The experimental setup that realizes the adiabatic evolutions between the spin Hamiltonians (Eq. 4) and, as a consequence, the evolutions that correspond to the braiding of MZMs A and C is shown in Fig. 2. We encode the quantum states in the optical spatial modes of photons and manipulate them by beam displacers (BDs). A BD is a birefringent crystal, which separates light beams with horizontal and vertical polarizations by a certain displacement that depends on the length of the crystal (32). In our experiment, the polarization of the photons is used as the environmental degree of freedom for the realization of the ITE operations. The coupling between the spatial modes and the photon polarization is achieved using half-wave plates (HWPs) and quarter-wave plates (QWPs), which rotate the polarization of the corresponding modes. A dissipative evolution is accomplished in two steps. Initially, photons are passed through a polarizing beam splitter (PBS), which transmits the horizontal component and reflects the vertical one. Subsequently, photons with vertical polarization are completely dissipated, and only the ones with horizontal polarization are preserved. The resulting states correspond to the ground state of the spin chain system. In this way, the state |ϕ0〉 is initially prepared and is then sent to the ITE operation of H1, H2, H3, and H0 for the braiding of A and C with the dynamical map shown in Fig. 2A. The ITE operations are realized in Fig. 2, B (see Materials and Methods) and C, with one of the detailed processes shown in Fig. 2E. The combination of HWPs and a QWP in Fig. 2F is used to exchange basis between Pauli operators σy and σxz). The setup of basis rotation shown in Fig. 2D is used to rotate the output state onto the same basis of the input state. During the experiment, we need to construct a stable interferometer with 16 spatial modes. The relative phases in the interferometer are compensated by inserting thin glasses in the corresponding paths (not shown in Fig. 2). The effective operator of our setup (with four input modes and four output modes) is reconstructed by quantum process tomography with 256 measurements (33). The experimental configurations that demonstrate the braiding of C and D and the Embedded Image-phase gate are similar to the one shown in Fig. 2A and are given in section S2 (A and B). Section S1I shows the cross-section images for the state evolution during the ITE operation.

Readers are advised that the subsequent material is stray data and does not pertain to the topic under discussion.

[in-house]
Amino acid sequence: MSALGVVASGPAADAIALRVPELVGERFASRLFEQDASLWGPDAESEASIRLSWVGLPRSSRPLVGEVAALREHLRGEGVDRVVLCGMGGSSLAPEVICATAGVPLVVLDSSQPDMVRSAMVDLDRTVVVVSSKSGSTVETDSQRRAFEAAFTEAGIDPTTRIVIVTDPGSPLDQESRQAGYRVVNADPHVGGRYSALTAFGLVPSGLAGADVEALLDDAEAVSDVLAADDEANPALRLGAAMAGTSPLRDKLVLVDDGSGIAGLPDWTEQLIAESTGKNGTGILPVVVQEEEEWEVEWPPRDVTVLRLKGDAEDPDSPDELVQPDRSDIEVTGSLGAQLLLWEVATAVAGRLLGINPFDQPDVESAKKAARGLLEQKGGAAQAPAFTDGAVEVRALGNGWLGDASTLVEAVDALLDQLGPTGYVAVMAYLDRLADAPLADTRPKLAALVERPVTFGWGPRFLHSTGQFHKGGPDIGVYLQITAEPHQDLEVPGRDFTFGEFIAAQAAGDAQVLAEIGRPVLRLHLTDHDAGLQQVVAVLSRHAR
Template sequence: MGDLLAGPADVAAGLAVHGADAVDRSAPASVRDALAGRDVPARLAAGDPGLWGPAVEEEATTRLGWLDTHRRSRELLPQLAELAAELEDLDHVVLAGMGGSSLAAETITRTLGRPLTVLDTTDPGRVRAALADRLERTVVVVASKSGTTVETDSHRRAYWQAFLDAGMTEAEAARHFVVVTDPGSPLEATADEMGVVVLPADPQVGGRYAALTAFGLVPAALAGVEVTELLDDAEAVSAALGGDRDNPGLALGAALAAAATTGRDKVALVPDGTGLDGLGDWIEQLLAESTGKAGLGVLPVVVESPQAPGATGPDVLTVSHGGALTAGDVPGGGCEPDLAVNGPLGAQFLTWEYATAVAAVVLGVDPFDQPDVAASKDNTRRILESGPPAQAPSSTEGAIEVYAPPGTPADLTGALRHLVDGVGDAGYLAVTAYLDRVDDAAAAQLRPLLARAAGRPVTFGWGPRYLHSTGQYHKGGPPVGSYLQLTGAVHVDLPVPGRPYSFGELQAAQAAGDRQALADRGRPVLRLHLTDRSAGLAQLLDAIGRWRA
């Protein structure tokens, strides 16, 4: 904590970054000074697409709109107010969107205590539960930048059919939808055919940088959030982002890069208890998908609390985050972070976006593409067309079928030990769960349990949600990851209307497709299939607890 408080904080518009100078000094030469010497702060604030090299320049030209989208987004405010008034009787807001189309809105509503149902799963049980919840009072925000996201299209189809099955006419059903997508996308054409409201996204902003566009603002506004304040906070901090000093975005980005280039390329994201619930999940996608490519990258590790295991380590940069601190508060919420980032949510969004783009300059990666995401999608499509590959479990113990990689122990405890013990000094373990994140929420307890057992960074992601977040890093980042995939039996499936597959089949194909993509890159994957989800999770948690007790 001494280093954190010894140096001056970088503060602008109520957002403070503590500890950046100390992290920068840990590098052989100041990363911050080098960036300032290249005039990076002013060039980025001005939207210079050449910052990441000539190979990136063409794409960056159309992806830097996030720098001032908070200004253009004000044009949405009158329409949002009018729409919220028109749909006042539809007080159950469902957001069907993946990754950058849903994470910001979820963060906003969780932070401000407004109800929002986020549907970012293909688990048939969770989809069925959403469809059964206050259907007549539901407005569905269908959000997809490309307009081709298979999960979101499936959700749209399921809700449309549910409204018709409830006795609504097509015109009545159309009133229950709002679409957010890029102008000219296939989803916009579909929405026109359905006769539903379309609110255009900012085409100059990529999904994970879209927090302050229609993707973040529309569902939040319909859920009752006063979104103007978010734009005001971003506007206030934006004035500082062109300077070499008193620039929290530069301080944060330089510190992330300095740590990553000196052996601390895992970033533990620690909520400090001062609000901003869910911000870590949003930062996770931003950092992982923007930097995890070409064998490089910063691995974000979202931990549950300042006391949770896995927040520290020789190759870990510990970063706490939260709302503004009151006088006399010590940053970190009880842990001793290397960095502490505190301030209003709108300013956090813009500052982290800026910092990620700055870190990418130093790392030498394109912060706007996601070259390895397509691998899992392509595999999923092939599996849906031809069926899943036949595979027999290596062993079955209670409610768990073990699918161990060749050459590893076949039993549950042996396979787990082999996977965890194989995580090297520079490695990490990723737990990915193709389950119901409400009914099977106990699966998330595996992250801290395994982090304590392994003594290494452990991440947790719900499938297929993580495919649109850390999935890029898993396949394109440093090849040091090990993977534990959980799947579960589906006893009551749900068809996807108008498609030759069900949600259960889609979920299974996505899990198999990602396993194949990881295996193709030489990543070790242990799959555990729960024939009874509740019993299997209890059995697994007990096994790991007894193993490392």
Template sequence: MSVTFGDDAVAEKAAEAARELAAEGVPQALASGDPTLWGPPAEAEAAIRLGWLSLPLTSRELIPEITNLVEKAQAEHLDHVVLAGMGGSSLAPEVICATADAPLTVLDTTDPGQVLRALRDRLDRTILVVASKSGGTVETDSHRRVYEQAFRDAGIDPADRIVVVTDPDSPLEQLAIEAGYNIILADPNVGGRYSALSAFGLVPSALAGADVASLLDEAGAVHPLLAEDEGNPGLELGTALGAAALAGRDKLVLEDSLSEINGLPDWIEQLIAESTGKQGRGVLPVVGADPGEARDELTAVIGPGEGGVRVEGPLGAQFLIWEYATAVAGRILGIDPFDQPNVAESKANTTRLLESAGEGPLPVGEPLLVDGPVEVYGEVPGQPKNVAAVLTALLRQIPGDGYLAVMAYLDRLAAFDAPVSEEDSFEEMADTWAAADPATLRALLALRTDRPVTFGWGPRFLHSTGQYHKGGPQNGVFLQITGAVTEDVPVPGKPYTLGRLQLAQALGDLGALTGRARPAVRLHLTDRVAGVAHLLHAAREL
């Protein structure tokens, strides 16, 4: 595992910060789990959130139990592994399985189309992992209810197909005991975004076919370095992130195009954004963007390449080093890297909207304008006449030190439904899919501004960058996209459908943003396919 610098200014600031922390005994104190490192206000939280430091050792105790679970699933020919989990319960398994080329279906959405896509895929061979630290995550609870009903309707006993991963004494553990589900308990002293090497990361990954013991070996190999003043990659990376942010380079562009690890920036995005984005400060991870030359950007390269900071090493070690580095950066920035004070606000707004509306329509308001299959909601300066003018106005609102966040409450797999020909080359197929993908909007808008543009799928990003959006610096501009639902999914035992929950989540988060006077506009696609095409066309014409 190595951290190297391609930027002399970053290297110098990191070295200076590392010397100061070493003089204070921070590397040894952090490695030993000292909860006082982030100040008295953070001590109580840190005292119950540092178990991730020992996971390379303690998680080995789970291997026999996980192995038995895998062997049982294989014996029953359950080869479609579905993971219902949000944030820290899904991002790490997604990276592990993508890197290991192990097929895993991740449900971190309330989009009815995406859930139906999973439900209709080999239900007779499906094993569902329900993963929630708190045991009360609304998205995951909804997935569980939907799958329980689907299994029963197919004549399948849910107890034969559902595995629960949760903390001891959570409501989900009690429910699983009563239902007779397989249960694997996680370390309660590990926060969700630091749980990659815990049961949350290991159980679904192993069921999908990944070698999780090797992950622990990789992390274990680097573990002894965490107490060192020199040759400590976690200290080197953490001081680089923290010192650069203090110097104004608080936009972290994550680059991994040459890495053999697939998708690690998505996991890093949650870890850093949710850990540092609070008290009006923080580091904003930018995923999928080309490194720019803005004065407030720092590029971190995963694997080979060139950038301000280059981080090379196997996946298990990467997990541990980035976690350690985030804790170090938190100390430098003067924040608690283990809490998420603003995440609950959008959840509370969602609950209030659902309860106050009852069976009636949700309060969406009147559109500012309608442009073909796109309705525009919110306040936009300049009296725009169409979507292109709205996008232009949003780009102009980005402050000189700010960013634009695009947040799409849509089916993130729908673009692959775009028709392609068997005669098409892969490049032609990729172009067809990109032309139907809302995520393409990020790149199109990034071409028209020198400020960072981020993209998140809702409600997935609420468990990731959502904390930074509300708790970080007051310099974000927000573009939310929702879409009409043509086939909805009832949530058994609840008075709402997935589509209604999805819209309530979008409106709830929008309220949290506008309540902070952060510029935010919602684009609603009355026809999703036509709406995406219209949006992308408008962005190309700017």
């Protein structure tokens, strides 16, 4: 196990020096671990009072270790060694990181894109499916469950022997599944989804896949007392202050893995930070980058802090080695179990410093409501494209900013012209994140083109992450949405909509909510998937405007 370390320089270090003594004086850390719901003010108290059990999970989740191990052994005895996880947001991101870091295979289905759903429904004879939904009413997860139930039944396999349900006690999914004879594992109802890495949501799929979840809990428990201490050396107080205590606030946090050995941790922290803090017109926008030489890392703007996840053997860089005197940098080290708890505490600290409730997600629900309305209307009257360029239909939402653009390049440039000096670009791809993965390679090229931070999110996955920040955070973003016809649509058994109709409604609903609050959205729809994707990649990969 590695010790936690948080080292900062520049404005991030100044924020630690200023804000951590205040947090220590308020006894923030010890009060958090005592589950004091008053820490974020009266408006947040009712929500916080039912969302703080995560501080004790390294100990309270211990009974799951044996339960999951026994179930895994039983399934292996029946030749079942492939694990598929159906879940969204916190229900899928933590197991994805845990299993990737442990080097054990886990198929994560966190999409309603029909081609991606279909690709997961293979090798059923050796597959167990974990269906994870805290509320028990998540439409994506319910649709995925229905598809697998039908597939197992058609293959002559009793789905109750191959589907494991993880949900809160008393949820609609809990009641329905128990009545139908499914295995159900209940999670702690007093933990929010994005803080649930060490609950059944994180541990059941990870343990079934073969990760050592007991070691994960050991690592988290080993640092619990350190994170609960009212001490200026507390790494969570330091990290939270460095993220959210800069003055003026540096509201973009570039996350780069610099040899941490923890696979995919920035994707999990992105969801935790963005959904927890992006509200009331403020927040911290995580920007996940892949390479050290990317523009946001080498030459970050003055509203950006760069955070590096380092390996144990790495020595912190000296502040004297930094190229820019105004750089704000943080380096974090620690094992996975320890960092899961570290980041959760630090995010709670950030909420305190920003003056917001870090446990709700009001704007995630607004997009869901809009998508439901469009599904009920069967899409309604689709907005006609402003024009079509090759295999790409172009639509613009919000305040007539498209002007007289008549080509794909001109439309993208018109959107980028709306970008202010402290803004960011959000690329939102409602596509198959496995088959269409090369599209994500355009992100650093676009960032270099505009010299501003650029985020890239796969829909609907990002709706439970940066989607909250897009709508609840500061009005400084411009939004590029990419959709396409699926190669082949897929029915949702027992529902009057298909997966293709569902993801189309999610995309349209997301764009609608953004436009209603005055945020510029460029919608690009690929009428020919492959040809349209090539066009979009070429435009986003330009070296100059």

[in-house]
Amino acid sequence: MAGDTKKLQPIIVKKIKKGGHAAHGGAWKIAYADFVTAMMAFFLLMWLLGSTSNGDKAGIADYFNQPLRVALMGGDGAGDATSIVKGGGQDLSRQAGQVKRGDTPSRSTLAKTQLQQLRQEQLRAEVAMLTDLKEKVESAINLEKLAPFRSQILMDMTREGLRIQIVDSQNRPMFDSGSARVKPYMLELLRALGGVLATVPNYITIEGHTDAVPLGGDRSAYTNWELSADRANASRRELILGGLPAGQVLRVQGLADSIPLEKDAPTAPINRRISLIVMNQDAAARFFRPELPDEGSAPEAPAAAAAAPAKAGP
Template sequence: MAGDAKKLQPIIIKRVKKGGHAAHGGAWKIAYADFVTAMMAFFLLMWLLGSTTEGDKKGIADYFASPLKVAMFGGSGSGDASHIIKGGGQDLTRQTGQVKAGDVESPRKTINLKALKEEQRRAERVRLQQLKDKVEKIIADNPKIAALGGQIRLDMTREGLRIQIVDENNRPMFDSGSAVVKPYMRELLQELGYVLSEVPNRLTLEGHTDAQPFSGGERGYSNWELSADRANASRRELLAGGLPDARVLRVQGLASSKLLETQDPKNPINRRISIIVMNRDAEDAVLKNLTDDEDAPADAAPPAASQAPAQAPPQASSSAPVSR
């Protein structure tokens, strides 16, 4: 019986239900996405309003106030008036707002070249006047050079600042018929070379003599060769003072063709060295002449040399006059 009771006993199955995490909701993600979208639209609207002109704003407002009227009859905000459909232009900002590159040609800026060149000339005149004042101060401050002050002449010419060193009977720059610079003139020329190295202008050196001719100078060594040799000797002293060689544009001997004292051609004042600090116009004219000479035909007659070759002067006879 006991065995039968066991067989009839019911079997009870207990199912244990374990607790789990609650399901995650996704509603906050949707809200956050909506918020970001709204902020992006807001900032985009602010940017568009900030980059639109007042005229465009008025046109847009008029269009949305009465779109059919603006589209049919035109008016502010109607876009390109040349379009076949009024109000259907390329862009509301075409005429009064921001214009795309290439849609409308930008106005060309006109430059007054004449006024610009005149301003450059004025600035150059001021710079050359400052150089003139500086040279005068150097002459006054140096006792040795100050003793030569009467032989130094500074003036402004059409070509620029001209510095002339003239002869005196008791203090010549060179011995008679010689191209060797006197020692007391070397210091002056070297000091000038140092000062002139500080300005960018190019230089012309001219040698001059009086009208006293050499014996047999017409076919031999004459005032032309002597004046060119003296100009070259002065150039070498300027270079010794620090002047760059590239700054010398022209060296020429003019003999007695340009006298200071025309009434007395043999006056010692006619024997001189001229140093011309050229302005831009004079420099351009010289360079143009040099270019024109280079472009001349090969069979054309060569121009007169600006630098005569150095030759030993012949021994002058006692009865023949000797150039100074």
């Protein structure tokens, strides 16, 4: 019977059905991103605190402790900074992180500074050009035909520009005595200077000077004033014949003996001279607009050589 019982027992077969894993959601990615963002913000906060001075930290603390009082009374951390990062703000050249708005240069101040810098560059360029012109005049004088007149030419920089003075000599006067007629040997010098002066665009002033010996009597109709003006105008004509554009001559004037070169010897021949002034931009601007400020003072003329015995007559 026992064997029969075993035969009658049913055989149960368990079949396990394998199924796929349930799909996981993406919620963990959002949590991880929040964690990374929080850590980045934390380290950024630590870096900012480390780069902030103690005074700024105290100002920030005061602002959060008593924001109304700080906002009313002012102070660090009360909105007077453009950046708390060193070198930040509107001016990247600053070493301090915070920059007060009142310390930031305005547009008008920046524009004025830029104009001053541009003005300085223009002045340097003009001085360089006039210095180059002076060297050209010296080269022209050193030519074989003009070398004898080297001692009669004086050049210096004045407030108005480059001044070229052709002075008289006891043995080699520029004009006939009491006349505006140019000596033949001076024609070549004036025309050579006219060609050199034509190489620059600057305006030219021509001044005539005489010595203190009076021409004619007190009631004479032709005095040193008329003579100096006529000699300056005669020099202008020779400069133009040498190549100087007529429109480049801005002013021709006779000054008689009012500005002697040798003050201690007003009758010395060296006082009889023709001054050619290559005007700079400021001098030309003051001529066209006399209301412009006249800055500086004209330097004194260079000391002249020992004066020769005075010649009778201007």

Fig. 2 Experimental setup.

(A) ITEs between Hamiltonians that exchange MZMs A and C. (B) Setup to realize the ITE of H1 (needs only Embedded Image and Embedded Image). The state is initially prepared to be the ground state of H0 involving four spatial modes, represented by solid circles. After rotation by BDs (BD30 with beams separated by 3.0 mm and BD60 with beams separated by 6.0 mm), HWPs, and QWPs and subsequent dissipation by PBSs, there are eight output spatial modes. One of the operation processes represented by the arrows is shown in (E), with HWPs set at different angles operating on different spatial modes. The combination of HWPs and a QWP in (F) is used to exchange basis between the Pauli operators σy and σxz). (C) Setup for the ITE of H2 (needs only Embedded Image). The subsequent ITEs of H3 (needs only Embedded Image) and H0 (needs only Embedded Image) are similar to those of H2. (D) The setup for basis rotation is used to rotate the output state along the same basis as the input state.

Realization of quantum gates

To characterize the quantum gates resulting from the braiding of MZMs, we experimentally reconstruct the whole density matrix in the basis of {|00g〉, |01g〉, |10g〉, |11g〉} (see Materials and Methods). The operators can be described in the 16-dimensional basis spanned by Σα ⊗ Σβ, with Σα(β) being I, X, Y, and Z for α(β) = 0, 1, 2, 3, respectively, corresponding to the identity matrix and the three Pauli operators. The experimental result is shown in Fig. 3, A (real part) and B (imaginary part). The evolution corresponds to a Hadamard gate acting on the Majorana-based encoding qubit. To show this, we express the data in the logical basis {|00g〉, |11g〉}. The result for the corresponding implementation of Embedded Image is shown in Fig. 3, C (real part) and D (imaginary part). The overall fidelity of the Hadamard operator is 93.47 ± 0.02%. For the Embedded Image-phase gate, Embedded Image, the experimental fidelity is 92.57 ± 0.01%. The real and imaginary parts of the density matrix are shown in Fig. 4, A and B, respectively. The Embedded Image-phase gate, Embedded Image, is further demonstrated with a fidelity of 93.44 ± 0.01%. All the density matrices corresponding to these operations are given in section S2D. The uncertainty in the fidelities is deduced from the Poissonian photon counting noise (25).